In a normal year, the holiday season can be full of stressors. In a year of a global pandemic, most all of us are experiencing record-high levels of stress. One way to help manage stress is to remember the acronym B.R.E.A.T.H.E.
A boundary is something that indicates bounds or limits. One first step to relieving holiday stress is to first set some boundaries. You will need to assess what limits you are placing on the holidays (travel, budgets, or traditions) and what limits you are placing on yourself and your people (visits, gift-giving, or pressure-filled in-person political discussions). Set the appropriate boundaries, inform the people who need to be in the know, and maybe just maybe—you’ll have headed off at the pass some frustrations.
Having boundaries is healthy and important. But what can you do if others (even well-meaning family and friends) don’t abide by or adhere to your pre-planned boundaries? You’ve heard the saying that you can’t control how other people think or speak or relate, but you CAN control how you choose to respond or react. When, if not during the holidays, is there a better time to practice taking the high road. Be willing to ignore, redirect, and choose kindness in your reactions and you’ve instantly increased the chances of being less stressed.
Another way to manage stress is to also manage expectations. Manage your own expectations for what you want the holidays to look and feel like. This year, more than others, is there something you can add or take away that might make your celebrations a little more memorable or pleasant? Talk about these changes with your immediate family members and make sure everyone is in agreement with implementing them.
We have all heard it before and know it to be true, but attitude is everything. Often stress reduction begins in the mind. Attitude determines our emotions and reactions. By taking the time to get your mindset and attitude adjusted in a somewhat pleasant and agreeable manner, you are setting yourself up to not only enjoy the holiday season but also create a fun and loving environment for those you’re celebrating with.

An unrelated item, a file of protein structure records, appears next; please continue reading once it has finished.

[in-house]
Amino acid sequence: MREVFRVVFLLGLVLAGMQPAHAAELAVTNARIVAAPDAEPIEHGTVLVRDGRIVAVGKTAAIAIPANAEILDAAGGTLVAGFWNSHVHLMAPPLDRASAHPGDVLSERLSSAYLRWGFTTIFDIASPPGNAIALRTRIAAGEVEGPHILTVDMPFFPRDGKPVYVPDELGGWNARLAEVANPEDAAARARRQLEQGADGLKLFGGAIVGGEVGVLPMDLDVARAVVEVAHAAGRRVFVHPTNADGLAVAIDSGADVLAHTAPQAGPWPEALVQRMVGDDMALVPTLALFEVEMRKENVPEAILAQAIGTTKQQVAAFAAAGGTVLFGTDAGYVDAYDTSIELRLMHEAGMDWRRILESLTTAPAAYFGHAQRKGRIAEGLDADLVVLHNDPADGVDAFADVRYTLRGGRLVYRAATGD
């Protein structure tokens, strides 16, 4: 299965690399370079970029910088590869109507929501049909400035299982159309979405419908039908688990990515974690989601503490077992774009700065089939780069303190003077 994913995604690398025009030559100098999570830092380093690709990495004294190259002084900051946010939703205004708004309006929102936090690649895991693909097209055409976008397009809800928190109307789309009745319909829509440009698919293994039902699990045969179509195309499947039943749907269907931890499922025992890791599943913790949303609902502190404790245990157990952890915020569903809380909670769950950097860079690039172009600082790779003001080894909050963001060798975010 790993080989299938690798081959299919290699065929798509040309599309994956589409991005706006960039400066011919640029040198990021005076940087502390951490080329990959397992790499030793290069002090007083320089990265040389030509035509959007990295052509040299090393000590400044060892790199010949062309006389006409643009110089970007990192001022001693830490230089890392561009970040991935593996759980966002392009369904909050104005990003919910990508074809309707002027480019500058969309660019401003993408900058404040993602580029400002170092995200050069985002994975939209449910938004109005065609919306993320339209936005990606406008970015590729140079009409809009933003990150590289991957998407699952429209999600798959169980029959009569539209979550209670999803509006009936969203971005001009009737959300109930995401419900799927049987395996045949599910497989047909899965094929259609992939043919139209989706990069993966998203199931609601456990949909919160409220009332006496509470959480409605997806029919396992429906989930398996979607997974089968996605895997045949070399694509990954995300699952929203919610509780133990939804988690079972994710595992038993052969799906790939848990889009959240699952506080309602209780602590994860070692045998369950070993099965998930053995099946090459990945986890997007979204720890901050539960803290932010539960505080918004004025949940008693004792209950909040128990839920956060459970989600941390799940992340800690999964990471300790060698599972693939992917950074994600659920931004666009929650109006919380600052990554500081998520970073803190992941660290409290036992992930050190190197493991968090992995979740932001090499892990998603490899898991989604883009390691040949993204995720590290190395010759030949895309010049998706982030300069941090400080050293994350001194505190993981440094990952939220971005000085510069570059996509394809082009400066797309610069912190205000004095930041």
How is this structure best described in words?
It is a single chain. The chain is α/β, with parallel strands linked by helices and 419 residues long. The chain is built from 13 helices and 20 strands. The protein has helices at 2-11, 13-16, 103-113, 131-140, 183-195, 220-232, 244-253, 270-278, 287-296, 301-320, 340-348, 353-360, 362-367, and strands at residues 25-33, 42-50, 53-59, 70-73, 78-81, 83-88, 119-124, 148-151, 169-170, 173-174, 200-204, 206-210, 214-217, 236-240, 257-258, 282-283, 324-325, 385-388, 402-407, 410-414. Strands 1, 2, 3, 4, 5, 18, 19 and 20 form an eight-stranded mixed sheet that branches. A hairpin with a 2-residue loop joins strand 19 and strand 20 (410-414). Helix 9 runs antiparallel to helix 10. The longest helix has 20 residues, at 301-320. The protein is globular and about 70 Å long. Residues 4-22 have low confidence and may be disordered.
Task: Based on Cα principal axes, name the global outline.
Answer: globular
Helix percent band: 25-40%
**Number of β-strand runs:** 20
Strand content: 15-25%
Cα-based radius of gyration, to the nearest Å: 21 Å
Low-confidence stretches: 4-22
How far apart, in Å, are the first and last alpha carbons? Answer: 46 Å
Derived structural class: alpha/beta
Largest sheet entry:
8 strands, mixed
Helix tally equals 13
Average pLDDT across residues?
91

Once you have made necessary attitude adjustments, it is much easier to relax and let your mind focus on all that you have to be grateful for during the holiday season. Growing a gratitude and contentment practice takes work and may not be instantaneous. Start by making either a mental or written list of things that you are thankful for. Instead of allowing your focus to rest on the frustration of not being able to travel this year, turn that circumstance into something for which to be grateful like less time driving on the road and more time watching all of your family’s favorite Christmas movies from the comfort of your couch.
The long list of holiday to-dos can get long and stressful. One way to combat this is to delegate or look for ways to invite others into the process. Recovering perfectionists may have difficulty relinquishing their high level of doing and expectations. However, by allowing other family members the chance to help with holiday baking, gift wrapping, or decorating you are not only taking some of the pressure off of yourself, but you are also creating more opportunities for family fun and memory-making.
Finally and maybe most basically, if these other tactics and tips haven’t helped, then maybe it’s because you just need to move your body to release some excess, pent-up stress and emotion. Despite the fact that there are reduced daylight hours and the temperatures in most places are cooler, get outside and take a walk, do an extra indoor bike or treadmill workout to get your blood pumping or take a YouTube yoga or meditation class to calm your nerves and re-center your mind and body.
The holidays can be stressful but they don’t have to be. By remembering to B.R.E.A.T.H.E., you are setting yourself up for less stress and more success.